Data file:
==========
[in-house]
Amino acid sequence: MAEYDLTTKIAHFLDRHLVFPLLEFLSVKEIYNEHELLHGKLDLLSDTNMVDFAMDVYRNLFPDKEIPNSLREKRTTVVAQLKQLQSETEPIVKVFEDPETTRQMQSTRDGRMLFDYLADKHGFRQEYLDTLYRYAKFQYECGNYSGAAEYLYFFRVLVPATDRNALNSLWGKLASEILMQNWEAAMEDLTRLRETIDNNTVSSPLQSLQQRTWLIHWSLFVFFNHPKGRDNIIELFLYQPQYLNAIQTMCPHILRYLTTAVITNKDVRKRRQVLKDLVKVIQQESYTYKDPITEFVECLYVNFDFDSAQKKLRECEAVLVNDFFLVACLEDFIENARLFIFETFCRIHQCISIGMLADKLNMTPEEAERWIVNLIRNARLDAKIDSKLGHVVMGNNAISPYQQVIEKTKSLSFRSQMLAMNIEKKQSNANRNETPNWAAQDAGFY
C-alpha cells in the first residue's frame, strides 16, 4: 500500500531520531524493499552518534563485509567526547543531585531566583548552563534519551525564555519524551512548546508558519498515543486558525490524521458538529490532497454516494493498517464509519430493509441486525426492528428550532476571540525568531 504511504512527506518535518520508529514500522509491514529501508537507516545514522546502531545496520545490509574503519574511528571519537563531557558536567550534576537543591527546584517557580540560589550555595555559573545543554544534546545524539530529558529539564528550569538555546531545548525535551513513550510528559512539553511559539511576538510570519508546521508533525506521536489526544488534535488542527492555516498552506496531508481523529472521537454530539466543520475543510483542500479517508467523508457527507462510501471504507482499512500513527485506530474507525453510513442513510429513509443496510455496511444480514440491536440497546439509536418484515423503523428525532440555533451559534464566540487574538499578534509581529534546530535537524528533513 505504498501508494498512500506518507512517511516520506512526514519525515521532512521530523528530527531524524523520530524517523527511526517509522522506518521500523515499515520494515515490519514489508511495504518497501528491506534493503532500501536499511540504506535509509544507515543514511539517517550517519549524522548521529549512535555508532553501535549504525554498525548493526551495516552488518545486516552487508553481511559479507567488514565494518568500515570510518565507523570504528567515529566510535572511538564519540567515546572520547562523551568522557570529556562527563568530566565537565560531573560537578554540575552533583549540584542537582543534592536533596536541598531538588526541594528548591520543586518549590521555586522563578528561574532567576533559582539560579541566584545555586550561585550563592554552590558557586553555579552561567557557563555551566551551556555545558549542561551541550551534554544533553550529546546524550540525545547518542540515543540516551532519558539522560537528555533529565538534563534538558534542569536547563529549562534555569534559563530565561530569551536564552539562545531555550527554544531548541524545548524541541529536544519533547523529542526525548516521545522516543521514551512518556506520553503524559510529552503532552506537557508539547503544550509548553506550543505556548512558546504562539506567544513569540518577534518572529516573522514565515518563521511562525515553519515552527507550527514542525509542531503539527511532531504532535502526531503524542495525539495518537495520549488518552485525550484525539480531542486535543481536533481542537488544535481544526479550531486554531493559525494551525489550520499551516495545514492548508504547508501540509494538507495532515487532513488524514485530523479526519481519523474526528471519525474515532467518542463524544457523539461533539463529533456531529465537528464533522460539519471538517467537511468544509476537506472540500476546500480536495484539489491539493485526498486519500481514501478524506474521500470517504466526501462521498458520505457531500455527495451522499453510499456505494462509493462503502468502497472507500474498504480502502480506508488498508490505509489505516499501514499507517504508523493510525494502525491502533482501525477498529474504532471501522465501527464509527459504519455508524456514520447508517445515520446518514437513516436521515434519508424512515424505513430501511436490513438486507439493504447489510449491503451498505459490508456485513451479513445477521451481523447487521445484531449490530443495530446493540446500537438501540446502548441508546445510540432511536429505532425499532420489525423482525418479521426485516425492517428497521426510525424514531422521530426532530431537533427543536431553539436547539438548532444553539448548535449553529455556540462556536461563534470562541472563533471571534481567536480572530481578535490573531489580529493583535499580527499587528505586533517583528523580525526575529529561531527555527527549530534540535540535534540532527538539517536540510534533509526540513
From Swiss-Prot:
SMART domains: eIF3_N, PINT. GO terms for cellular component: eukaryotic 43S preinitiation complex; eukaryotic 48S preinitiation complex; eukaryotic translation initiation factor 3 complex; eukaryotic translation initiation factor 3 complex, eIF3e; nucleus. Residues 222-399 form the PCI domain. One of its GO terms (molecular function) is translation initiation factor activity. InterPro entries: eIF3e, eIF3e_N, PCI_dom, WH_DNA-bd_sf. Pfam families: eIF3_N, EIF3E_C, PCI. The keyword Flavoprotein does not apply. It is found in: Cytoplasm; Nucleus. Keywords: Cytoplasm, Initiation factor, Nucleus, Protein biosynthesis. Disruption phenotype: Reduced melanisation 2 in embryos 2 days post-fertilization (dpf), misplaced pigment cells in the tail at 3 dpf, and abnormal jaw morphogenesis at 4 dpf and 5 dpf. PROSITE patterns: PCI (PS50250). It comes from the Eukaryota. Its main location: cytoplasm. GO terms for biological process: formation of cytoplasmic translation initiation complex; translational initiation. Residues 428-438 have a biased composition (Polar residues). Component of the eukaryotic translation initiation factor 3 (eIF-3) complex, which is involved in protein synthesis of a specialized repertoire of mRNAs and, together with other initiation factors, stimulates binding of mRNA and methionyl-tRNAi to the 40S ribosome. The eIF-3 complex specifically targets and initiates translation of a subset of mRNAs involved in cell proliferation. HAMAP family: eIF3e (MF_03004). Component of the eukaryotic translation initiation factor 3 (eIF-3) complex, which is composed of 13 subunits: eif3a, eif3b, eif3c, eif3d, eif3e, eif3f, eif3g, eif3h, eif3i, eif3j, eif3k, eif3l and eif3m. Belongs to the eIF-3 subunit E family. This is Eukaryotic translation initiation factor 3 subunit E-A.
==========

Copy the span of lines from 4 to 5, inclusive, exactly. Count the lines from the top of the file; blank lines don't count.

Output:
From Swiss-Prot:
SMART domains: eIF3_N, PINT. GO terms for cellular component: eukaryotic 43S preinitiation complex; eukaryotic 48S preinitiation complex; eukaryotic translation initiation factor 3 complex; eukaryotic translation initiation factor 3 complex, eIF3e; nucleus. Residues 222-399 form the PCI domain. One of its GO terms (molecular function) is translation initiation factor activity. InterPro entries: eIF3e, eIF3e_N, PCI_dom, WH_DNA-bd_sf. Pfam families: eIF3_N, EIF3E_C, PCI. The keyword Flavoprotein does not apply. It is found in: Cytoplasm; Nucleus. Keywords: Cytoplasm, Initiation factor, Nucleus, Protein biosynthesis. Disruption phenotype: Reduced melanisation 2 in embryos 2 days post-fertilization (dpf), misplaced pigment cells in the tail at 3 dpf, and abnormal jaw morphogenesis at 4 dpf and 5 dpf. PROSITE patterns: PCI (PS50250). It comes from the Eukaryota. Its main location: cytoplasm. GO terms for biological process: formation of cytoplasmic translation initiation complex; translational initiation. Residues 428-438 have a biased composition (Polar residues). Component of the eukaryotic translation initiation factor 3 (eIF-3) complex, which is involved in protein synthesis of a specialized repertoire of mRNAs and, together with other initiation factors, stimulates binding of mRNA and methionyl-tRNAi to the 40S ribosome. The eIF-3 complex specifically targets and initiates translation of a subset of mRNAs involved in cell proliferation. HAMAP family: eIF3e (MF_03004). Component of the eukaryotic translation initiation factor 3 (eIF-3) complex, which is composed of 13 subunits: eif3a, eif3b, eif3c, eif3d, eif3e, eif3f, eif3g, eif3h, eif3i, eif3j, eif3k, eif3l and eif3m. Belongs to the eIF-3 subunit E family. This is Eukaryotic translation initiation factor 3 subunit E-A.